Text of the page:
Solution:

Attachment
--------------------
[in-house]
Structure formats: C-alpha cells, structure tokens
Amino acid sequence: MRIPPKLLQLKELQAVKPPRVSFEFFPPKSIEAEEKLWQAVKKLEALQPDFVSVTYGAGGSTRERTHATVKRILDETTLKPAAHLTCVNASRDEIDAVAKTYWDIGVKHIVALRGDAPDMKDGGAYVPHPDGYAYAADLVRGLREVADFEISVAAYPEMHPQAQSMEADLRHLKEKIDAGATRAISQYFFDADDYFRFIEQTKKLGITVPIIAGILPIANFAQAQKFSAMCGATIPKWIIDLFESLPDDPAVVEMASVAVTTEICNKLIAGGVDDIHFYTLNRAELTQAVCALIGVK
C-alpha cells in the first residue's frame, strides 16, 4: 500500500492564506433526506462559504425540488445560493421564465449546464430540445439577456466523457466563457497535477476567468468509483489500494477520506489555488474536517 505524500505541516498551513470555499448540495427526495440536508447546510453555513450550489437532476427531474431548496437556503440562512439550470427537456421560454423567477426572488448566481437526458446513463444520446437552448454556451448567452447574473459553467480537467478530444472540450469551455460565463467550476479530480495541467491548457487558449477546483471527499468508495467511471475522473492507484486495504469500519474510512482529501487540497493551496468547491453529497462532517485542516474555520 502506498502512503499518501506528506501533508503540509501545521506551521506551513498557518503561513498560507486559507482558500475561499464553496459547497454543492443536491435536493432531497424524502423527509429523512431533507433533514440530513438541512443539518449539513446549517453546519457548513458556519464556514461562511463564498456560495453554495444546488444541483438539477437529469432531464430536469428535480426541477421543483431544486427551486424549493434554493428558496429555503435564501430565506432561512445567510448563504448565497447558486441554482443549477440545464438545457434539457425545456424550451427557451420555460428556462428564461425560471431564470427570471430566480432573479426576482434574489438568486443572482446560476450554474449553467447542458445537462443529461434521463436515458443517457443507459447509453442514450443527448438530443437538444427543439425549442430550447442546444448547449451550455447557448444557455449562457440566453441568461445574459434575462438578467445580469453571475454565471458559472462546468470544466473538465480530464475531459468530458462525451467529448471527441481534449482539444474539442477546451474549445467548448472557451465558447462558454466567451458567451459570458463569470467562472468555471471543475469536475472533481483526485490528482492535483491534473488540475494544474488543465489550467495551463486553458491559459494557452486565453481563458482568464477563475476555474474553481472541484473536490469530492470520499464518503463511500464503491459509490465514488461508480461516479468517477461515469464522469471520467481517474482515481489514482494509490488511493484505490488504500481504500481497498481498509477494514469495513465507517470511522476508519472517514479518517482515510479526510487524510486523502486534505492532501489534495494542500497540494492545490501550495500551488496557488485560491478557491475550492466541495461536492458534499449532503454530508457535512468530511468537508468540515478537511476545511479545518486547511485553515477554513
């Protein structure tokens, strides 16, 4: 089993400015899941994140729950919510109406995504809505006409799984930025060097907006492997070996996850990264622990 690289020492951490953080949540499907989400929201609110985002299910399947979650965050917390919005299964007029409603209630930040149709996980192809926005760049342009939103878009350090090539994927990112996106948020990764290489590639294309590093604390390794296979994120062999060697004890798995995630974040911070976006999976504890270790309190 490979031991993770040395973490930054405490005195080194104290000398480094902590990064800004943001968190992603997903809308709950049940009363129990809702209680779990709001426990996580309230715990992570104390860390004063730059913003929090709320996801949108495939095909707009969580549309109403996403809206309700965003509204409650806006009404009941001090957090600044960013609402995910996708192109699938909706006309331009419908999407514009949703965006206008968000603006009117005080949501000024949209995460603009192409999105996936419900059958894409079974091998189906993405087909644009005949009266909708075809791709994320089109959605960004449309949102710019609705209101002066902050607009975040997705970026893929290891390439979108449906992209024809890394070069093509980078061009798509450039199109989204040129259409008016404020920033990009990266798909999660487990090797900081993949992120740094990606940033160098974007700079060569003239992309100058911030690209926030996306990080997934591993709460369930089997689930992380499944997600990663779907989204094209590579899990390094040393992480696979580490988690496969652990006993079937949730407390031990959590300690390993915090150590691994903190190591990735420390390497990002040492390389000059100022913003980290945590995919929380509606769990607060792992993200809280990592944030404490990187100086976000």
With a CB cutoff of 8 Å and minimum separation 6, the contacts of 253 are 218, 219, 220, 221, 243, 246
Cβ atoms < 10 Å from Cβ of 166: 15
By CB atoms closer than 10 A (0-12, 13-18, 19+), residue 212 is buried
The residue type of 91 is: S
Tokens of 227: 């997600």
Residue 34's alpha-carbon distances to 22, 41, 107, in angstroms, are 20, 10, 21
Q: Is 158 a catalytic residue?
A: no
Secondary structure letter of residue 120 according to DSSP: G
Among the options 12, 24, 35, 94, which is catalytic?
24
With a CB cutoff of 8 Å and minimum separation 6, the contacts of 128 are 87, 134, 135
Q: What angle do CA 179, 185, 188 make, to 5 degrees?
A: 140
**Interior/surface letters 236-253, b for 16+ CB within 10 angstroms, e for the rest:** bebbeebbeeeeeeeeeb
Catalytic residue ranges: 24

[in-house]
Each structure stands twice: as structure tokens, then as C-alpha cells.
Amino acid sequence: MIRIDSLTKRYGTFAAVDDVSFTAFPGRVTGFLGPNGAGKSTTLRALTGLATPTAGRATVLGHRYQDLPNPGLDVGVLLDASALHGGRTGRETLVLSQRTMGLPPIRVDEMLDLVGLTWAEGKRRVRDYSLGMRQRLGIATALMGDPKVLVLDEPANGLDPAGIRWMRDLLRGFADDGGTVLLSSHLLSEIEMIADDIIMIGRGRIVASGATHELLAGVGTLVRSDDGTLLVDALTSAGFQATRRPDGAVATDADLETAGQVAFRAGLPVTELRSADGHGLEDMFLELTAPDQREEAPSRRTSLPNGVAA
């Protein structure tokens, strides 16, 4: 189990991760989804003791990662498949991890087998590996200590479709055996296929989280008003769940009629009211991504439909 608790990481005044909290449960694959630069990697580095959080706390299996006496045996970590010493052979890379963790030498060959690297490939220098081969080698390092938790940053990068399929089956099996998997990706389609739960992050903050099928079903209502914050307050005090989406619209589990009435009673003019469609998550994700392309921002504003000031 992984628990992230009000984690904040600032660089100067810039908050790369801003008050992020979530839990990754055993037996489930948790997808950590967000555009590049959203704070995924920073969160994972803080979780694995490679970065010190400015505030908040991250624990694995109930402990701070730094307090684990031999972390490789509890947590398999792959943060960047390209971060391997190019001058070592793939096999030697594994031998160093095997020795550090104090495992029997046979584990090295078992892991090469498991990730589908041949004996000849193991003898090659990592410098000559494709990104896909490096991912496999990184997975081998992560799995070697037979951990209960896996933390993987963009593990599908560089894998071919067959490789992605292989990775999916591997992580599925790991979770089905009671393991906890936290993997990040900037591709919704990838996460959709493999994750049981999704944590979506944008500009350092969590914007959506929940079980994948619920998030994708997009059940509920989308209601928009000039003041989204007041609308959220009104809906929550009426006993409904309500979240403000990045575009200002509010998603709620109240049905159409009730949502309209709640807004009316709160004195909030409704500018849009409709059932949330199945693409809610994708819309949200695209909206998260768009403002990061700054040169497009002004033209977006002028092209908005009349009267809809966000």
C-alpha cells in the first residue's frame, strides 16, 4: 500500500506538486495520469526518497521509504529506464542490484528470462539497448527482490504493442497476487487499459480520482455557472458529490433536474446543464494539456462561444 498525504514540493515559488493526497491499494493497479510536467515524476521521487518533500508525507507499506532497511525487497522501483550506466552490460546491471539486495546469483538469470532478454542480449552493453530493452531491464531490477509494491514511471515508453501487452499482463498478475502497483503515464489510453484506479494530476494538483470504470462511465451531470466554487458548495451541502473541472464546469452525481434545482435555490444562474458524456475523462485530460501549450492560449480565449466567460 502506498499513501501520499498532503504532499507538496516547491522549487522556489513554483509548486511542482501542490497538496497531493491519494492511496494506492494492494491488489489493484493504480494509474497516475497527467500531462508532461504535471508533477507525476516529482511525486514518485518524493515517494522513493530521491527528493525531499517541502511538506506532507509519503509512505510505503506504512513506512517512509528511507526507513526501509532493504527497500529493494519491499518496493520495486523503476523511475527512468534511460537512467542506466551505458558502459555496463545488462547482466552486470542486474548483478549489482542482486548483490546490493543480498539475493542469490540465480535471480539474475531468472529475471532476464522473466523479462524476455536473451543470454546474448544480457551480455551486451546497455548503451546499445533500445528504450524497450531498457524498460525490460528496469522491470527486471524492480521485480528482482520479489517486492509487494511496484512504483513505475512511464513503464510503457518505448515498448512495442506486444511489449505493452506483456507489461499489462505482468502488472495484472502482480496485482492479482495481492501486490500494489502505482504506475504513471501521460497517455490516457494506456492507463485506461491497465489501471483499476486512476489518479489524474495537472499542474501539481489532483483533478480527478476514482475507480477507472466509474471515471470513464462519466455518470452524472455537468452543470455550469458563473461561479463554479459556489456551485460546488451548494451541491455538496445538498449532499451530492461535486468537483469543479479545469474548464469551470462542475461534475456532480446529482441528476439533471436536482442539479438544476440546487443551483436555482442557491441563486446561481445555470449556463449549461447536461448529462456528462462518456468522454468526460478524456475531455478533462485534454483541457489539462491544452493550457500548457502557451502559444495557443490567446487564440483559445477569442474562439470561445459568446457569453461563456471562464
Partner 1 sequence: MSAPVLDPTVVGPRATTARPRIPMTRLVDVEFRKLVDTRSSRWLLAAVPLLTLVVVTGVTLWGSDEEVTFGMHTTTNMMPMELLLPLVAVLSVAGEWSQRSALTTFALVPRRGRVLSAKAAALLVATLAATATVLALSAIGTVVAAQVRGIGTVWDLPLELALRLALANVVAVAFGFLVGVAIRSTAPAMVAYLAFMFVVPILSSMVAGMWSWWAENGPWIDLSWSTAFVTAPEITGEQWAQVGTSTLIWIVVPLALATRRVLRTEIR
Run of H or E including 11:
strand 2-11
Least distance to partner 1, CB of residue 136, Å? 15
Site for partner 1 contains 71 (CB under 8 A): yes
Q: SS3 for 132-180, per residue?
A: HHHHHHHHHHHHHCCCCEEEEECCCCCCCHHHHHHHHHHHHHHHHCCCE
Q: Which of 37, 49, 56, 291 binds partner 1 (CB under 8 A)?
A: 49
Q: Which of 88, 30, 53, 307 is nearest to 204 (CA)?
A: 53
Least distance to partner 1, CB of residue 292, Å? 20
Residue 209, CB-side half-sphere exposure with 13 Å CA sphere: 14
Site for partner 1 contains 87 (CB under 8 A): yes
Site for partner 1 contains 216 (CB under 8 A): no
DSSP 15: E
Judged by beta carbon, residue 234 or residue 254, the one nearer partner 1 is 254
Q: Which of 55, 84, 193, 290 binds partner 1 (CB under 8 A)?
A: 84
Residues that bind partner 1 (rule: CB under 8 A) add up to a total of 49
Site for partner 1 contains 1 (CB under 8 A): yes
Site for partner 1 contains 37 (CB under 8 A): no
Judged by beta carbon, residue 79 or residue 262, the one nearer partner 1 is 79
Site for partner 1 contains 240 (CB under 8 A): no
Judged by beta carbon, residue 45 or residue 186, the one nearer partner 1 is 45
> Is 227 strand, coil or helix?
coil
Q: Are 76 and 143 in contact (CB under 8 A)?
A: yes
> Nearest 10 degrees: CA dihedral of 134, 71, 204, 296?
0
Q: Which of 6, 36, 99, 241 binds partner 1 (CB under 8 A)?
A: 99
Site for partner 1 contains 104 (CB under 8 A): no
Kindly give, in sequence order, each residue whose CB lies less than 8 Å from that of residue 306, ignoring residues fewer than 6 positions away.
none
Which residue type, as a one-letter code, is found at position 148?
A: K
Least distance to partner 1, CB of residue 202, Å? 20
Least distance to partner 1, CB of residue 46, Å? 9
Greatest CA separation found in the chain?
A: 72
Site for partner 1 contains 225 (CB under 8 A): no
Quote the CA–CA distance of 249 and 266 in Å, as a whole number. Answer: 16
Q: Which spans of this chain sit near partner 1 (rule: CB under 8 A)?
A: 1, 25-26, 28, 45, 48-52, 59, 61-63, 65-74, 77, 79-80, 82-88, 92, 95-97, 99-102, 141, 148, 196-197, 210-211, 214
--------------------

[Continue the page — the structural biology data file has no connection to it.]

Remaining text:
Right now the Mets are lost in Left Field.  They have been playing Hairston there with regularity, but we all know that his true value is that of a pinch hitter and 4th outfielder, not a starter, despite his great power season.  When you look at solid teams, there are 4 positions that are historically power positions that require run production and home runs.  Those positions are: (1) Right Field; (2) Left Field; (3) First Base; and (4) Third Base.  You can live with below average run production at those position with solid fielders when you have power and runs coming from a non-traditional power position such as Center Field, Second Base, Shortstop, or Catcher.  When you look at the Mets, they don't have power or run production in any of the non-traditional power positions, so it is a necessity that they get production from the traditional power positions.  They are solid at Third Base with Wright, and First Base with Davis, but they have nothing at Right Field and Left Field (to be discussed later).  In addition to the lack of power at these positions, the Mets have not been able to produce a solid, run producing, everyday corner outfielder since Daryl Strawberry; that is a long drought.  They need an upgrade here and it is going to cost money and prospects.  As we all know, Josh Hamilton is a free agent this offseason.  However, due to his injury history and substance abuse issues, he would be too much of a risk to bring to New York, especially since he will command about 5-6 years at $22-$25 million per season.  I fully expect Hamilton to resign with the Texas Rangers this offseason, and as a result, Nelson Cruz will become available.  It is going to take a solid deal with prospects to get him, but he is an ideal fit for the Mets.  Cruz has an injury history, but his salary makes that risk well worth it in light of his production when healthy.  Cruz has a history with the Mets in that they originally signed him to his first contract as a teenager, so there is a chance he may want to be here.  If I were Alderson, Cruz would be target number 1 for me this offseason.  Another name that comes to mind is Justin Upton.  Upton is a phenomenal player who is young and extremely durable.  The Diamondbacks have made it clear that he is available and whether the Mets grab Cruz or not, they should look into adding him as well.  Upton is on the cusp of being a superstar and his career numbers follow those of Matt Kemp in an eerily similar manner. Upton is in the middle of a down season, but just like Cruz, Upton is going to command a lot in the form of prospects.  Adding Upton and Cruz this offseason is not outside the realm of possibility and would immediately fill two holes, making the Mets immediate contenders.  It is also very possible that the Mets can add both players without having to part with either Harvey or Wheeler.  Mets fans have a habit of overvaluing the team's prospects and it bares notice that approximately one out of every six prospects actually live up to their hype and potential.  Adding these two players would almost certainly result in Murphy, Duda, Valdespin, Flores, Nimmo, Familia and Mejia being gone, but we know what we are getting with Upton and Cruz whereas we don't know much about our prospects.  It is an absolute necessity that the Mets upgrade this position and that Duda is not there in 2013.  It is also an absolute necessity that the Mets go big when upgrading this position.  With Andre Ethier signing a 5 year / $85 million contract on June 14, the free agent market is without a difference maker at the corner outfield spots and the only way the Mets upgrade this position is through a trade.